Friday, 17 May 2013

'Lord Baker' in Langstrath: Cam Crag Ridge




Siobhan Appleby above Langstrath.

There was a lord who lived in this land Being a lord of high degree.
He left his fort for a ship's board
And swore strange countries he would go see.


Langstrath sounds like what it is - a flat valley floor as wild and 'lang' as a border ballad - and I'd never set foot in it. I don't know how that had come to be the case. It's a bit of an embarrassment really in a mountaineer with a hairline well in recession. (Until last year I'd never walked up Ennerdale either.) If you're always going to crags you can miss out on some fine valleys even in Borrowdale. So wanting to be a lord of this land in some degree I 'swore strange countries I would go see'.


Resting my fully extended rucksack against a wall to check the map at the first bridge across the beck I found that the midges tend to take a bite at midday here in July. I was sweating already and knew that with camping and climbing gear, not to mention wine aboard I'd soon be slightly extended myself. Norman, Kevin and Barbie were already well ahead, but I find that sailing up the motorway from Sheffield can actually weaken your legs.

He travelled east and he travelled west
He travelled south and the north also
Until he arrived into Turkey's land
Where he was taken and bound in prison
Until his life it grew weary.


It was a bit early to grow weary since I'd only walked from Stonethwaite's cottages and through the campsite, a magical grove that used to be romantically known as 'Fairy Glen' in books with titles like Odd Corners in English Lakeland. It certainly is an odd corner nowadays, though perhaps with fewer fairies. Who knows? Crossing the bridge there was a last glimpse of Eagle Crag round the corner to the left stuck out of the fellside like the end of an upright piano. Music seemed to be in my head as I followed the others into the unfolding long journey that is Langstrath. Whole herds of rustled cattle could be hidden in the pastures of this strath, knives could be drawn here, Turkey's daughter ('as fair a lady as the eye did see') could rise from bathing in Blackmoss Pot to cut Lord Baker's prison bonds and lead him to a ship harboured in the narrow black zawn of Sergeant's Gully. It's that sort of a valley.

The track, keeping close below the little broken walls of Heron Crag, brings you up to a flat-topped tower called Gash Rock which all but blocks the path. Below it is the green pool known as Blackmoss Pot where Harry Griffin, in a memorable entry for The Guardian's 'Country Diary', recommended bathing where 'neither costume nor towel was needed', although he did admit that 'this becomes too popular in heatwaves for my sort of dips, being too close to a well used track'. Above the track at Gash Rock the black cleft of Sergeant's Gully rises up straight as a sword.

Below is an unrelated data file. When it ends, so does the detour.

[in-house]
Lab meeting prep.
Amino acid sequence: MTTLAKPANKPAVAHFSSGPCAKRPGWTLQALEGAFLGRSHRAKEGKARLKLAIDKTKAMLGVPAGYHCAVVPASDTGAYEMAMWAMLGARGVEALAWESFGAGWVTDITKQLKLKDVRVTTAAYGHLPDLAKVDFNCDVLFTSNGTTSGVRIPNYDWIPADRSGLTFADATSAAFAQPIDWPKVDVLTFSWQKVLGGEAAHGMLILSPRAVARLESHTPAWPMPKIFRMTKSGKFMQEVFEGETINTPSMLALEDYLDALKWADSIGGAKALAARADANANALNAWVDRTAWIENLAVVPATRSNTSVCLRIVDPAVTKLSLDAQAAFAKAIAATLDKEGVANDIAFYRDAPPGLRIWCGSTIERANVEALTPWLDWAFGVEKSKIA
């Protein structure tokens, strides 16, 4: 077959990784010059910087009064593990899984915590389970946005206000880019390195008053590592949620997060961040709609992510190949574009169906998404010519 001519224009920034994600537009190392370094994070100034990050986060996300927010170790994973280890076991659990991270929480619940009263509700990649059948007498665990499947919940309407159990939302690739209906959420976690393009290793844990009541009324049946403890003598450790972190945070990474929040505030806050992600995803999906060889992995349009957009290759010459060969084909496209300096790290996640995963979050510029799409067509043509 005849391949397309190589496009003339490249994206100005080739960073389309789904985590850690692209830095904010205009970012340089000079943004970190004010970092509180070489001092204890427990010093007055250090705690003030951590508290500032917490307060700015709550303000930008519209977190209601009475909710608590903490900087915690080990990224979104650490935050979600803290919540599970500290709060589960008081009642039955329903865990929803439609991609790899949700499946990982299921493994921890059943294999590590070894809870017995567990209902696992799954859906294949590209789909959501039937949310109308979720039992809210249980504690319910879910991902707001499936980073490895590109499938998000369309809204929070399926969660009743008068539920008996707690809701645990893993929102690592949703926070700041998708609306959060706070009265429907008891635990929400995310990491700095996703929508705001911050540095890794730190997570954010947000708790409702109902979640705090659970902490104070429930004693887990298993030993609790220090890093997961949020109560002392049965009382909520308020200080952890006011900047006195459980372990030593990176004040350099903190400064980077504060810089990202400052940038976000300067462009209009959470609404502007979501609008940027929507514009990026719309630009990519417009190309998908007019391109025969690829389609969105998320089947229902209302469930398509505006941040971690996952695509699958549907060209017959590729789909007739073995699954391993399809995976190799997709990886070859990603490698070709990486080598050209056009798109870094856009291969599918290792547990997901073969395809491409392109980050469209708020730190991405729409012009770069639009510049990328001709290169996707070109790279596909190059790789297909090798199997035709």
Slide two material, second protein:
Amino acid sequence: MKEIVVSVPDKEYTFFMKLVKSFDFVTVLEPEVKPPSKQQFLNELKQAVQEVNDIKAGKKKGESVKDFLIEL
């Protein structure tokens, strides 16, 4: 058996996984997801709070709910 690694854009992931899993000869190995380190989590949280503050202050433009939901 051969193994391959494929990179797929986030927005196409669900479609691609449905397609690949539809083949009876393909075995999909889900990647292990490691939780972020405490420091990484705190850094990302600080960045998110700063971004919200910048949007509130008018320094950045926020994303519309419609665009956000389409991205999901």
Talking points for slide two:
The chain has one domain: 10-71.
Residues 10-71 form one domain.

Bentley Beetham on the first ascent of Little Chamonix in 1946: Photo FRCC

In O. G. Jones' first pitch by pitch guide to the Lakes of 1897 the Abraham brothers contributed a grainy granite-textured photograph of the difficulties on the fourth pitch of this climb. A wild beard of woodrush, the eagle's favourite nest lining, overhung the chockstone. The steep left wall offered the solution. Jones wrote, 'From a short distance this appears to be a smooth vertical slab; even on close inspection the holds it offers appear to be of the most minute dimensions'. Bentley Beetham's guide of 1953 commented: 'A very difficult pitch but no longer incommoded by vegetation'. It looked to me a great winter classic that holds the snow well and long. It's only given one star in Winter Climbs in The Lake District but this valley promises more than can be described in stars, words or grades. It needs music; it needs pipes for carrying on the long rush of air it contains.


At last, after passing above several notable alternatives to Harry Griffin's Blackmoss Pot, which almost tempted us to rashness, we saw the tent of friends we'd come to camp with high up the fabled Strath. They'd left their tent on the big bend above all the deep pots and plunging forces at a point where the river braids into little rolling plaits of water. By the time we'd pitched our own tents they'd appeared from up the valley and we all saw, looking back down the dale a soaring hump of rock, unnoticed on the walk in. Cam Crag Ridge stands clear of the green fellside as a slightly stepped, rounded spine on the skyline. Barbie was into the discoveries of the new scrambling guide after a long experience of fell walking and trekking. She vowed she'd climb the white back of Cam Crag Ridge, and this is the valley where vows are strong: